The adult tuatara reptile (Sphenodon punctatus, seen above) has no penis. But among amniotic animals—reptiles, birds, and mammals—that’s not even that weird. Many snakes have double “hemipenes” and ducks have spiraling phalluses that look like fusilli pasta. This diversity in amniotic genitals has puzzled scientists as they try to map out the evolutionary tree of life. The fact that the tuataras don’t have penises makes them a useful study organism because it allows scientists to ask whether the reptiles’ ancestors had penises and lost them, or never had them to begin with. Now, according to new research published today in Biology Letters, the last common ancestor of all the amniotes did, in fact, have an erectable phallus, and that the modern diversity is the result of evolutionary tweaks over time (not the separate evolution of different phalluses). The findings come from an analysis of Victorian-era tuatara embryos preserved on slides at the Harvard Embryological Collection. Scientists used pictures of the reptile embryos to recreate their 3D structure using computer software. The team discovered that, even though the tuatara has no external phallus, it grows the beginnings of one during development. At some point down the line this “genital swelling” recedes and the reptiles are born sans phallus. The embryonic development suggests that amniotic penises only evolved once, but that some animals have lost theirs over time.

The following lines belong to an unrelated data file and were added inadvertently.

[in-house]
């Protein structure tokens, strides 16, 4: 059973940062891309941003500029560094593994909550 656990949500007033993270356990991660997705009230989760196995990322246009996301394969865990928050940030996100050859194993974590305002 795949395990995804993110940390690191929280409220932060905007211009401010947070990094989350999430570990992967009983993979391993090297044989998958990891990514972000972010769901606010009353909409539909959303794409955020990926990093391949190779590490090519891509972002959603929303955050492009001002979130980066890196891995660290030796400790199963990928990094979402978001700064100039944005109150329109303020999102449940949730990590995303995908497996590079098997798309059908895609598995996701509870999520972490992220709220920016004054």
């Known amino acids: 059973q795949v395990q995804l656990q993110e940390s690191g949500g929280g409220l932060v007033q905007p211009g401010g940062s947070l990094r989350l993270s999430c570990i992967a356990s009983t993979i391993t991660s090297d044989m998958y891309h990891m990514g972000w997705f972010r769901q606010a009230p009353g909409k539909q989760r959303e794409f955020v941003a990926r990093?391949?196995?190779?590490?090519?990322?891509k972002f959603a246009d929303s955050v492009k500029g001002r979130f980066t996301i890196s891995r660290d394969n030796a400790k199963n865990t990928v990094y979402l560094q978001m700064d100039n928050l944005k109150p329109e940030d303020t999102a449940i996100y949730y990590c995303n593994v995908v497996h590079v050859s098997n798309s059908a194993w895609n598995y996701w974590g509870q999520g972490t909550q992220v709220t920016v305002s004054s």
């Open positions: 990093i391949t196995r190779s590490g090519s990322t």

*Correction, 30 October, 12:21 p.m.: An earlier version of this article mistakenly referred to the tuataras as lizards. Although they are scaly reptiles, the animals are technically part of their own distinct lineage.